Sunday, September 6, 2009

The Other Te Papa

I’m not sure a visit to Wellington would be complete without spending time at the National Museum, Te Papa. The collection is astounding. So far I’ve spent several days there and I haven’t seen everything. And of course visiting the same exhibits again yields new discoveries. I’d like to tell you about a specific collection.

Imagine you’re walking along a beach in New Zealand. You come across a beached whale. You call the Department of Conservation. The Department of Conservation calls Anton.

Anton is Te Papa’s marine mammals collection manager. He knows more about whales than anyone I’ve met. When you visit the marine mammals collection at Te Papa, near the giant squid, you’re looking at Anton’s work. What’s amazing is that the number of whale specimens on display does not give you a sense of the collection’s size. (The collection maintained by Te Papa is one of the largest in the world.) Away from the actual museum there’s another building where most of the collection is kept, along with countless other specimens in rows and rows of jars.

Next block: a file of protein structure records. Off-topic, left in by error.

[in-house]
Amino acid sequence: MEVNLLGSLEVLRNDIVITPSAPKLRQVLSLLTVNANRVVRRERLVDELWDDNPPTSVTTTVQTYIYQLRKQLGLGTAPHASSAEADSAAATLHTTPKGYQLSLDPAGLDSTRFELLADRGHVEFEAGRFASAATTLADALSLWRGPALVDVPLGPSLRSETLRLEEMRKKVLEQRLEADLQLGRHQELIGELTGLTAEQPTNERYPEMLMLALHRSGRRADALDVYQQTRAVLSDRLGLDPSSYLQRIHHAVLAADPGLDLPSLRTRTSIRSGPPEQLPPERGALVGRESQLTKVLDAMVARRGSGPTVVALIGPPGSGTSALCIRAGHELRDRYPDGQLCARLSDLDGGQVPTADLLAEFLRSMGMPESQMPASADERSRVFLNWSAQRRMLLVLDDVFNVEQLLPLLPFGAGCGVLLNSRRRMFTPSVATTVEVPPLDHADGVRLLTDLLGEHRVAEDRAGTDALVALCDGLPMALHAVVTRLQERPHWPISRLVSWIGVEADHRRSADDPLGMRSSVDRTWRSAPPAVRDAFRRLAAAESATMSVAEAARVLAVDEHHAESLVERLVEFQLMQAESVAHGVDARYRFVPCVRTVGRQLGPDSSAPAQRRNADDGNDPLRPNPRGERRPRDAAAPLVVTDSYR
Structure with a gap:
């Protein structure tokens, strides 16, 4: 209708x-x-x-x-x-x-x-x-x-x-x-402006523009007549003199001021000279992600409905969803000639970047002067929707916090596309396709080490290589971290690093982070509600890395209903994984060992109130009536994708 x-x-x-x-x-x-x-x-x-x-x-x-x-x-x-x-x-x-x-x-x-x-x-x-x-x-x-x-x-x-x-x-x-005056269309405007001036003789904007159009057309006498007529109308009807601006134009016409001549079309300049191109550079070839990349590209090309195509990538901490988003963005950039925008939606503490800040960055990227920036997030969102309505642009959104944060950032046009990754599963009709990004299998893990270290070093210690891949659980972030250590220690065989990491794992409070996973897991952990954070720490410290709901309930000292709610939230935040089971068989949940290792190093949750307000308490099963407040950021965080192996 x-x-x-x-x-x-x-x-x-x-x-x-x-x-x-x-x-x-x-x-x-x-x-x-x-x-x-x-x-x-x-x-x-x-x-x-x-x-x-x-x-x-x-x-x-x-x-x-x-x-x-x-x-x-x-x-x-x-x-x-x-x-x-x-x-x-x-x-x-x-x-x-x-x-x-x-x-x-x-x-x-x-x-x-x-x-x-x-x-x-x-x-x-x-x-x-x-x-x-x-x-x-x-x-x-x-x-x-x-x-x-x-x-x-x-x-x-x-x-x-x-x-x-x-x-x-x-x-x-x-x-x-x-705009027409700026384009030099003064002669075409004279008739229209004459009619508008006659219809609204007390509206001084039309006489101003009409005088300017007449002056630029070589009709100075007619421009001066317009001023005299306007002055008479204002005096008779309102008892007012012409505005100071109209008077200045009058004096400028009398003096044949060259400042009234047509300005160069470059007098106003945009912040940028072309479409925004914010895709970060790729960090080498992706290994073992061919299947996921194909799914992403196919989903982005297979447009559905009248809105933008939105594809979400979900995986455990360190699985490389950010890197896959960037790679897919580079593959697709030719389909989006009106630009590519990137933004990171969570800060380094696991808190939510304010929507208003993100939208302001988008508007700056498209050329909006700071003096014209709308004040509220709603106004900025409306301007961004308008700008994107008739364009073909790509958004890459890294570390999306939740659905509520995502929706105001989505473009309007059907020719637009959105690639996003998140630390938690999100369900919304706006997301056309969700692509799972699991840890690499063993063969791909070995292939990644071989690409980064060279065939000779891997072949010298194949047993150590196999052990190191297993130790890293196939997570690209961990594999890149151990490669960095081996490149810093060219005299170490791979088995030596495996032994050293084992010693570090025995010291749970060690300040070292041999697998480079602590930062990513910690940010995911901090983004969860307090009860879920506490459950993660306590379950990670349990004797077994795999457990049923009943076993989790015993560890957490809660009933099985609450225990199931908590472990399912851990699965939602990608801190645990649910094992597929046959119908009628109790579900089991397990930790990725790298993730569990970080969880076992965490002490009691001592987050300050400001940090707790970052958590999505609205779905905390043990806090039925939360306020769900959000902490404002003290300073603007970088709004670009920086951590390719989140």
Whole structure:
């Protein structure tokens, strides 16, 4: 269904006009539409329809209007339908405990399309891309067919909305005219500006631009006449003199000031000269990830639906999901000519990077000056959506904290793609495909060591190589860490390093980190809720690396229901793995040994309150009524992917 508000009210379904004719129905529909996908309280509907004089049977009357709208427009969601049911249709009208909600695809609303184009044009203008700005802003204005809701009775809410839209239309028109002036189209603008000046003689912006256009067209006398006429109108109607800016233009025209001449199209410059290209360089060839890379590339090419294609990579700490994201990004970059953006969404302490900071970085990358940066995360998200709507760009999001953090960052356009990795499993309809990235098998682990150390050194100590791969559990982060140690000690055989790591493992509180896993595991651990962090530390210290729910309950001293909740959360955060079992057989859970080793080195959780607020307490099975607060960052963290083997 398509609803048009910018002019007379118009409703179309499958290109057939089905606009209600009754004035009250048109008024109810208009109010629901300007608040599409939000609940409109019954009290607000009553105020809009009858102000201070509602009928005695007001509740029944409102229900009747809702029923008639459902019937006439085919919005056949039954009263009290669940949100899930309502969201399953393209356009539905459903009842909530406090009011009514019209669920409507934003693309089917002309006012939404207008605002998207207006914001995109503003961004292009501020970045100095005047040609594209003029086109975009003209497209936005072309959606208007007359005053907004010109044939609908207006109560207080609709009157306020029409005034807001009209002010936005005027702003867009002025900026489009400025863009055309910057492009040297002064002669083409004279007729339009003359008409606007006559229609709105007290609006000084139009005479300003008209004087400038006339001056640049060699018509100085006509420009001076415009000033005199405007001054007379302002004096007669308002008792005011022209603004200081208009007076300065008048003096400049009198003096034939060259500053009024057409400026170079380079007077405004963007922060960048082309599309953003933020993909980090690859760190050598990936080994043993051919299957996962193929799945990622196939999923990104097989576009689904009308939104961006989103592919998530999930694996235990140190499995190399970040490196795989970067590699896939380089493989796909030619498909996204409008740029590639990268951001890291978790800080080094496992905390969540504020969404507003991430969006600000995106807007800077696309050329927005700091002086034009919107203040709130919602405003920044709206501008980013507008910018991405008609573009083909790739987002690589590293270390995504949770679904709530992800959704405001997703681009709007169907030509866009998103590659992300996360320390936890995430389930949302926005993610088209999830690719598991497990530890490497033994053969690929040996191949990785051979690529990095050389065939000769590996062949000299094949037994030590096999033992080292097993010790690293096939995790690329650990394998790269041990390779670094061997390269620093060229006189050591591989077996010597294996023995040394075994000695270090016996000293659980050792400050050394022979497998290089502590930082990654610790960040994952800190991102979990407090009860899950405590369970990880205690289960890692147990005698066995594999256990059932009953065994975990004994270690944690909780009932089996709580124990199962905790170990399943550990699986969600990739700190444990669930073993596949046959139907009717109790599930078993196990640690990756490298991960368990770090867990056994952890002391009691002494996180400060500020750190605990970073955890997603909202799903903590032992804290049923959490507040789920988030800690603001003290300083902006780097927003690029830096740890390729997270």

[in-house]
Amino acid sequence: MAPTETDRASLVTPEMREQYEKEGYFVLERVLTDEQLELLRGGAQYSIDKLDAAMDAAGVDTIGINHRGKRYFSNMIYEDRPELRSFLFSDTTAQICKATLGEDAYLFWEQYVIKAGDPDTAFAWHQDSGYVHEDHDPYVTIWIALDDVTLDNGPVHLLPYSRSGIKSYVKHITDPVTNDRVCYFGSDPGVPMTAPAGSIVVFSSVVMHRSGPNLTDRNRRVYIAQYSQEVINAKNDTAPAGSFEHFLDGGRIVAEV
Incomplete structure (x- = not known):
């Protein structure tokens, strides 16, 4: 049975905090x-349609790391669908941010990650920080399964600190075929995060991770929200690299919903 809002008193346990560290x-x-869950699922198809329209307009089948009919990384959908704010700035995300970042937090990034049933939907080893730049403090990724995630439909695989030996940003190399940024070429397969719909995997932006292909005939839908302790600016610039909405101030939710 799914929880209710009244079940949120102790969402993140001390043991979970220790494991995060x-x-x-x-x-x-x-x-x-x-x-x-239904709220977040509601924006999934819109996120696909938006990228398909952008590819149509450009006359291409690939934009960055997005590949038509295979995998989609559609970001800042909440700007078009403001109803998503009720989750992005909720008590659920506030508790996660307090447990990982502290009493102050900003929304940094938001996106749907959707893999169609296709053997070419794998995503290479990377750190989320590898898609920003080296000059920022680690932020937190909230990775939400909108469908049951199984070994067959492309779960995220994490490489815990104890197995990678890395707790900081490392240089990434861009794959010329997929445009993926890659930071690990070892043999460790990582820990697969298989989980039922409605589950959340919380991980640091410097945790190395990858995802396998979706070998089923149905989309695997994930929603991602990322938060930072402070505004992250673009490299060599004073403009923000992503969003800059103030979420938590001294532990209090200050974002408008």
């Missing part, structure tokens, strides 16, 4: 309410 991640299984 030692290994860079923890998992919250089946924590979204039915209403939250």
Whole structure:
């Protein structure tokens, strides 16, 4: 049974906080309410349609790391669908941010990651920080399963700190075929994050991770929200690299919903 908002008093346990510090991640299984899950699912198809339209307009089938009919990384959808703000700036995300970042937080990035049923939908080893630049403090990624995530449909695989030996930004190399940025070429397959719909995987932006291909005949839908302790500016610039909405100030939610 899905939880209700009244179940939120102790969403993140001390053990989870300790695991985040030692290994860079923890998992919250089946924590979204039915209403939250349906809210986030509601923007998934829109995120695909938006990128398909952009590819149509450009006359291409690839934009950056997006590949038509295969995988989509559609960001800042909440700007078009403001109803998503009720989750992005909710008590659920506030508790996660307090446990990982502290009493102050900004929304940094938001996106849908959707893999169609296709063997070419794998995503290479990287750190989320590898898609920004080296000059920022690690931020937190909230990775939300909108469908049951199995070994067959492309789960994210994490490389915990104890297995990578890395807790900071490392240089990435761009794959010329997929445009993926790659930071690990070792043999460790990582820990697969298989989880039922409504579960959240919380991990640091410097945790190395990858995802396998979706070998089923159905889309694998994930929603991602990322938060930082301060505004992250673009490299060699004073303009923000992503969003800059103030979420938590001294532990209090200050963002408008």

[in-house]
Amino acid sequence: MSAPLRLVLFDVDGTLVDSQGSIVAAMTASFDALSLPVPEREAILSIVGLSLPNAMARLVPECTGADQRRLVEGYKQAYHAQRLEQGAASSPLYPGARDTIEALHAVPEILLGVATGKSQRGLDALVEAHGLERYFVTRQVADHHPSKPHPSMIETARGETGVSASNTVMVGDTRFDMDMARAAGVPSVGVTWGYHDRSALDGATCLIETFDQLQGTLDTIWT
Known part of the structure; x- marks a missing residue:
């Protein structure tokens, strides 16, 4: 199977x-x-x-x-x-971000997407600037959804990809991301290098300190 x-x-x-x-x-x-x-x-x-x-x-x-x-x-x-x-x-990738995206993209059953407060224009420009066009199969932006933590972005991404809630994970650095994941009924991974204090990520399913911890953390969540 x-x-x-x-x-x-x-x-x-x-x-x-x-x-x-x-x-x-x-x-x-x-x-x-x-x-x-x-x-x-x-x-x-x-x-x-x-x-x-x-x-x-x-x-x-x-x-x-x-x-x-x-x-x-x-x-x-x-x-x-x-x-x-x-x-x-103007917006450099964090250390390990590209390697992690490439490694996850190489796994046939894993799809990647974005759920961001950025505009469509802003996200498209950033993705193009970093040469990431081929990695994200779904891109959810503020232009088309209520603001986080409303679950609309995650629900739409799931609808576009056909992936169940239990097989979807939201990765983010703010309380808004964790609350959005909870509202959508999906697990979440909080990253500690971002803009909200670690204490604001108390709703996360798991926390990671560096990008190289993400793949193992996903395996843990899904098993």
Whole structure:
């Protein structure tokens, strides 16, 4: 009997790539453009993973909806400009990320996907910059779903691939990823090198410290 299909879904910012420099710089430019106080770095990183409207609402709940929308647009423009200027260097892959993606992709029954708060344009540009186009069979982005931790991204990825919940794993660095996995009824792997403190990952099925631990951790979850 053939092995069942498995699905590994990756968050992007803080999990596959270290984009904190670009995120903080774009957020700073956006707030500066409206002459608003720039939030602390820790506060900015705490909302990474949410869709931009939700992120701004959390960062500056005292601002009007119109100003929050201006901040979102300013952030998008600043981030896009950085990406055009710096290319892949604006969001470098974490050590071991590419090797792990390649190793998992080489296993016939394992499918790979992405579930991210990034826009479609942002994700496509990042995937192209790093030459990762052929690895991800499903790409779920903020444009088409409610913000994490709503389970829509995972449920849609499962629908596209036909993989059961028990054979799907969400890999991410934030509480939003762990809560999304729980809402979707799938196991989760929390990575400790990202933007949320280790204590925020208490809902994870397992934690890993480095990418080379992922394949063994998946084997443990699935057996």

Lately Anton’s been working on unraveling the mysteries of the Spade-toothed whale. This video shows you how excited he is about his work, and the excitement is infectious!

Meeting Anton made me think about all of the effort that goes into museum displays. We see the end product, mostly oblivious to the work taken to create something worth looking at. And the research we see in displays is only part of what Anton does. Learning about whales gives us a greater understanding of life in the oceans, and ultimately our impact on the natural environment.

Next time you visit a museum, spare a quick thought for those dedicated and passionate enough to provide us with this fascinating, critical information.

The skull Anton is measuring is a Gray's beaked whale (Mesoplodon grayi) and the vertebra I'm holding is from an Arnoux's beaked whale (Berardius arnuxii). I know I have a photo of Anton twice, but the photo at the top is a nice one of the skull, and in this one you can see heaps of cool stuff behind him. Science rules, I know.